I was visiting the math department at Dartmouth the past couple days, and gave a colloquium talk there. It’s now available online.

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I’m using the term “weight” in the precise sense it is used in representation theory, the label for a representation of T. More generally it can label reps of some Abelian subgroup, e.g. multiplicative groups. If the group is the real numbers, the weights are given by arbitrary numbers, not necessarily integers like in the U(1) case.

Why specifically is the word “weight” used? Weyl was very precise with language so by weight he would have meant the exponent on a multiplicative factor, in whatever sense (in the talk, the context is projective representations of spin groups).

In the sense of Weyl geometry, the weight of the Dirac spinor field is imaginary, ie. The weight of a Yang-Mills field should be something like iek Tk as a kind of dyadic.

Hi Danny,

The “weights” I’m talking about are for compact Lie groups G and come about as follows:

1. For G of rank r, this means there is a subgroup T of r copies of U(1). For any representation of G, you can restrict attention to T and think of it as a representation of T. If you start with an irreducible representation of G, it will break up as several irreducible representations of T (all one-dimensional since T is Abelian). These representations of T are the “weights” of the original G representation.

2. More explicitly, an irreducible representation of U(1) is labeled by an integer n, and e^{i\theta} acts by multiplication by e^{in\theta}. An irreducible representation of T is labeled by r integers.

Things are different and much more complicated for non-compact groups (like the conformal group), then you typically have copies of R (the real numbers) in the maximal Abelian subgroup. Representations of R are labeled not by integers but by real numbers.

RE Peter-Weyl and Borel-Weil theorems –

One thing I have been thinking about is extending the idea of conformal weight in an attempt to understand the relation of the covariant derivative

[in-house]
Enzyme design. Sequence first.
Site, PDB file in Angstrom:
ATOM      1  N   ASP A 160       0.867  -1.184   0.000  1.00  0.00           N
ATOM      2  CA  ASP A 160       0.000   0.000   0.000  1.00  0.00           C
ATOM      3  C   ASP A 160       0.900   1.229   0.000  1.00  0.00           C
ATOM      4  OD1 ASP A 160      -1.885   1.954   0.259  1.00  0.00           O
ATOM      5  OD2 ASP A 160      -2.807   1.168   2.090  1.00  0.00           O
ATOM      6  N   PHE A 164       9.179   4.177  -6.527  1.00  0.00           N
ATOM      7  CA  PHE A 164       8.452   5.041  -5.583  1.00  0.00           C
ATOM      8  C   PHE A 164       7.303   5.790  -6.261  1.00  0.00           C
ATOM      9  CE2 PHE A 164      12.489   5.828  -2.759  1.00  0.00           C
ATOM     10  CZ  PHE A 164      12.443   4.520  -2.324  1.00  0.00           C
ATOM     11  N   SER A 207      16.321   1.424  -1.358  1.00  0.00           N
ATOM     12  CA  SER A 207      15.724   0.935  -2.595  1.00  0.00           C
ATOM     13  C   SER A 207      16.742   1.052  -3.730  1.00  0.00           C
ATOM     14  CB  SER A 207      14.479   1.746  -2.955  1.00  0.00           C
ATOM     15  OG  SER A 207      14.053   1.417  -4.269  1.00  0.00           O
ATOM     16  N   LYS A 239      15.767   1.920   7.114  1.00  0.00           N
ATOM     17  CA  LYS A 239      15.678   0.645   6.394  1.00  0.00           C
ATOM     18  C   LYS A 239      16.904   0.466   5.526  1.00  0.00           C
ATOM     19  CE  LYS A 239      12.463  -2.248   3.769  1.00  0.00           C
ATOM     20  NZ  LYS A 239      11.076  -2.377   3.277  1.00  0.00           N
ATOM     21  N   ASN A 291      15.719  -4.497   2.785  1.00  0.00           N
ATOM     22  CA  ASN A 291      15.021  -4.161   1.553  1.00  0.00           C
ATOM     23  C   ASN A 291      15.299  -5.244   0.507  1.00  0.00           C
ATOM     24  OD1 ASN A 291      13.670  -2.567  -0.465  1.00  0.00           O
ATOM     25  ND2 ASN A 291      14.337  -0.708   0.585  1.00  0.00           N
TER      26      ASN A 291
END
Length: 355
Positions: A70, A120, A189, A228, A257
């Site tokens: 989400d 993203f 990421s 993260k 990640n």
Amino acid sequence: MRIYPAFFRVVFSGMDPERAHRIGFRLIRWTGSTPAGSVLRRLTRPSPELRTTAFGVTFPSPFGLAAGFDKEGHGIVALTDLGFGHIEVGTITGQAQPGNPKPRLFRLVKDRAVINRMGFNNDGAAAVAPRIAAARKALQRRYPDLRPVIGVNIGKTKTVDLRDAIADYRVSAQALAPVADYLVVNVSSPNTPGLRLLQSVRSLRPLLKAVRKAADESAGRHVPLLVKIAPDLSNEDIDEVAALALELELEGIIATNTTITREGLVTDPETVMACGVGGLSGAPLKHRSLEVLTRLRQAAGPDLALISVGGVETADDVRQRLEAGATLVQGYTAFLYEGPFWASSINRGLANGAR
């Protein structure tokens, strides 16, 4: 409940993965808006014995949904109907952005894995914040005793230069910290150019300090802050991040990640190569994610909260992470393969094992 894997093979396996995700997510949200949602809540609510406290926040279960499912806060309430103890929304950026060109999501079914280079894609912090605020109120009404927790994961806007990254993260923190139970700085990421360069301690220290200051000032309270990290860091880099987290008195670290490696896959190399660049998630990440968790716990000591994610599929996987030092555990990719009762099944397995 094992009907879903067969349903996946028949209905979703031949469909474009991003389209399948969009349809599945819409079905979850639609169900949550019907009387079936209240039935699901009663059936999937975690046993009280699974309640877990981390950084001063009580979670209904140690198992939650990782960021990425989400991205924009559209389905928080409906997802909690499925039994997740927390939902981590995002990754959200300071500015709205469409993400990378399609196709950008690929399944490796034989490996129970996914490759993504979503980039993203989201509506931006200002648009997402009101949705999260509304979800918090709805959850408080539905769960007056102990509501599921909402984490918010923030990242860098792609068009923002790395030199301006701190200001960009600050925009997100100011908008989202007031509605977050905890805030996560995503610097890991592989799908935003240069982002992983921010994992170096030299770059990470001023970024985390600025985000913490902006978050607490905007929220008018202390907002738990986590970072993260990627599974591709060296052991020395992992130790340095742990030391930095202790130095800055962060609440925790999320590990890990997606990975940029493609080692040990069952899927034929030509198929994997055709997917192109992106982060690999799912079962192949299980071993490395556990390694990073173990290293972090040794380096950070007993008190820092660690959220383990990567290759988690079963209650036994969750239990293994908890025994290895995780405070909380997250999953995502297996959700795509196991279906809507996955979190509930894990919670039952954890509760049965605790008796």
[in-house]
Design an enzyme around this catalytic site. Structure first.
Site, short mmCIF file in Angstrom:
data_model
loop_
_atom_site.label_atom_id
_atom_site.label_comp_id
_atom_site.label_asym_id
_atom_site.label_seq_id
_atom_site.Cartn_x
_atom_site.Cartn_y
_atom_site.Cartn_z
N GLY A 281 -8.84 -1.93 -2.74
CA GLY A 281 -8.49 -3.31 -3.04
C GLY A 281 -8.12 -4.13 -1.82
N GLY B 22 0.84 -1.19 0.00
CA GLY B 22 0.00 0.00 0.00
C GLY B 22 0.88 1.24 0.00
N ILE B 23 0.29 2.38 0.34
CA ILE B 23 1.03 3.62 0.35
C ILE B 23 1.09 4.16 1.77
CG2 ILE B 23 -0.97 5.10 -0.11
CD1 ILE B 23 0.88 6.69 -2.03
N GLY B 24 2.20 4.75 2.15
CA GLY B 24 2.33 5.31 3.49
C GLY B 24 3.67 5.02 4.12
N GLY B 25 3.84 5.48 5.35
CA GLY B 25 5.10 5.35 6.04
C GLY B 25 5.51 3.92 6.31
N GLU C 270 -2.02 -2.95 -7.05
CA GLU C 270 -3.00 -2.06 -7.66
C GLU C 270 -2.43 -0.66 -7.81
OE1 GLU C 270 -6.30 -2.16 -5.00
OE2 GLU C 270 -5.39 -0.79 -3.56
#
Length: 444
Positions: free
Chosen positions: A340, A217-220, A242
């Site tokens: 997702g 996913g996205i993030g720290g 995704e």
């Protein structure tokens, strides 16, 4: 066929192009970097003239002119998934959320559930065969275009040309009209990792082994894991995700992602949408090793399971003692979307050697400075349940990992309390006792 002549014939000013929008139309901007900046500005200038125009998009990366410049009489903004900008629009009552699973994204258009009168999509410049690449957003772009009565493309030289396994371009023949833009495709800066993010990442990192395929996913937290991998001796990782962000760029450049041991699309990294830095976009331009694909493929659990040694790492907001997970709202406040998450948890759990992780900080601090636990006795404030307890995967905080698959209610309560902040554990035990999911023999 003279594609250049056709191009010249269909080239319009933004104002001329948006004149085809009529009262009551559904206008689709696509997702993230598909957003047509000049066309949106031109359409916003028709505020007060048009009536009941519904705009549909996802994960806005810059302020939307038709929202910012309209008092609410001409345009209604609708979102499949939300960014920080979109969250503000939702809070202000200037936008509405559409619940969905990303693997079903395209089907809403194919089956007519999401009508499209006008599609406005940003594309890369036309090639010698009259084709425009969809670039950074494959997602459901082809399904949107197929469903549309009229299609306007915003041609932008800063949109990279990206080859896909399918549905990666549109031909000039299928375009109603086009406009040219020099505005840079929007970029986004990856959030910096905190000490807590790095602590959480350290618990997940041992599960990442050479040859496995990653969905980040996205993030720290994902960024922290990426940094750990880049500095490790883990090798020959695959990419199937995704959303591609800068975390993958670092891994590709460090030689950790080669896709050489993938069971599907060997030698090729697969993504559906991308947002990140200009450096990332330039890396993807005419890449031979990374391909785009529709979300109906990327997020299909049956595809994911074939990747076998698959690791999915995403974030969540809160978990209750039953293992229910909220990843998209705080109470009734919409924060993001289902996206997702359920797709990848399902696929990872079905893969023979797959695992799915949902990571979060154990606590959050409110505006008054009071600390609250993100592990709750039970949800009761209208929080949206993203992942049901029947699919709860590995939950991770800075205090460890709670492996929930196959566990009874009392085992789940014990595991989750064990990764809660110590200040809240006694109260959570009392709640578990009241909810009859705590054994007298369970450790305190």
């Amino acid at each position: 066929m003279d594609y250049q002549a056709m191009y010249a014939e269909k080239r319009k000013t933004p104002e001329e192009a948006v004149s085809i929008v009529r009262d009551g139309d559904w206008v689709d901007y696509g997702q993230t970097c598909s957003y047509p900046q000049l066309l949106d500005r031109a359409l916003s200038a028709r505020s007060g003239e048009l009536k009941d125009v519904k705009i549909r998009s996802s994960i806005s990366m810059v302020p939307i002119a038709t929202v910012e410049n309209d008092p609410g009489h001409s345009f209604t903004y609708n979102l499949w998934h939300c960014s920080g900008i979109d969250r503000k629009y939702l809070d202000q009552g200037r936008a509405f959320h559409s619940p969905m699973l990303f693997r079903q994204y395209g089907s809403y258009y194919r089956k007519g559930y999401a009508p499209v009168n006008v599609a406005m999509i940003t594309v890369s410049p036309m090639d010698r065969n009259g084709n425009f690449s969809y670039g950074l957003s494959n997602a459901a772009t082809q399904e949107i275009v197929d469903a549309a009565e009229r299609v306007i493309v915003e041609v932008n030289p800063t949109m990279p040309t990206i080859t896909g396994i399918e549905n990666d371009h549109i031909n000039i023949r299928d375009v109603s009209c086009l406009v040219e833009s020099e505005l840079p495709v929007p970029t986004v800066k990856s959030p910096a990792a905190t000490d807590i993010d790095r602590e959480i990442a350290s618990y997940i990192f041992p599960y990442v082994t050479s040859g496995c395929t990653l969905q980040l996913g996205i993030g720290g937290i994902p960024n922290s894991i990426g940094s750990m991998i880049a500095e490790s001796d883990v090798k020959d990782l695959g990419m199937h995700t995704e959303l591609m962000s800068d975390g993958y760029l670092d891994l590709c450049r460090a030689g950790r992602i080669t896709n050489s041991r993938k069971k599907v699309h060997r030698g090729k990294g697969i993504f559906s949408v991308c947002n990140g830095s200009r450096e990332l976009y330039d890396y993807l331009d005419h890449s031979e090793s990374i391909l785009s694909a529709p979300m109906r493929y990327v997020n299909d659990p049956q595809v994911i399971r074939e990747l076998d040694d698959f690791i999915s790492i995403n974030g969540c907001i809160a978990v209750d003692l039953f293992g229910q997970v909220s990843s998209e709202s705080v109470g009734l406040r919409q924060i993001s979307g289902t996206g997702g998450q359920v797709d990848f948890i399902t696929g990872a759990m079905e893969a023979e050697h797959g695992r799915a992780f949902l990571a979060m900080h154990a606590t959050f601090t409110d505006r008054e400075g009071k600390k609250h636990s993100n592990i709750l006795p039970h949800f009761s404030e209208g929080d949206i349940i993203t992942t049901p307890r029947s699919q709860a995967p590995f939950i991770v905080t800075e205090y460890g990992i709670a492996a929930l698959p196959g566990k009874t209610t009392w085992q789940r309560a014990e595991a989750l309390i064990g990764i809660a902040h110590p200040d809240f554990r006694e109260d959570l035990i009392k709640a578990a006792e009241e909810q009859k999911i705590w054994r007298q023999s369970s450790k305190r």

(d/dm + ie Tk Akm)

in field theory, to

(d/dm + N Am)

in Weyl conformal geometry – where N is the Weyl conformal weight. Am I right in saying that the “weights” mentioned in your talk are some kind of generalized phase which will turn out to correspond in gauge theory to charges?

I used the latex macro package called “prosper”. For now the latex source file is at

http://www.math.columbia.edu/~woit/dartmouth.tex

I love the interview with Dirac – that’s priceless!

Once a friend drove Dirac from the airport to the hotel in New Orleans. It had recently rained a great deal and snakes had emerged from the swamp, which Dirac noticed with a short comment like “snakes are interesting”. My friend was on the organizing committee for the conference, and part of his job was to deliver Dirac and find something entertaining for him to do in New Orleans. So, he picks the zoo and the herpatarium in particular and asks Dirac if he’d like to see it “since you like snakes”. Dirac said “I did not say I liked snakes. I said they were interesting.”

I felt really good about both Dirac and Weyl after reading that story. On his part, Weyl was the first person to really understand the significance of the Dirac equation. Weyl was very generous with praise when it was deserved.

Aside, what tools did you use to create this?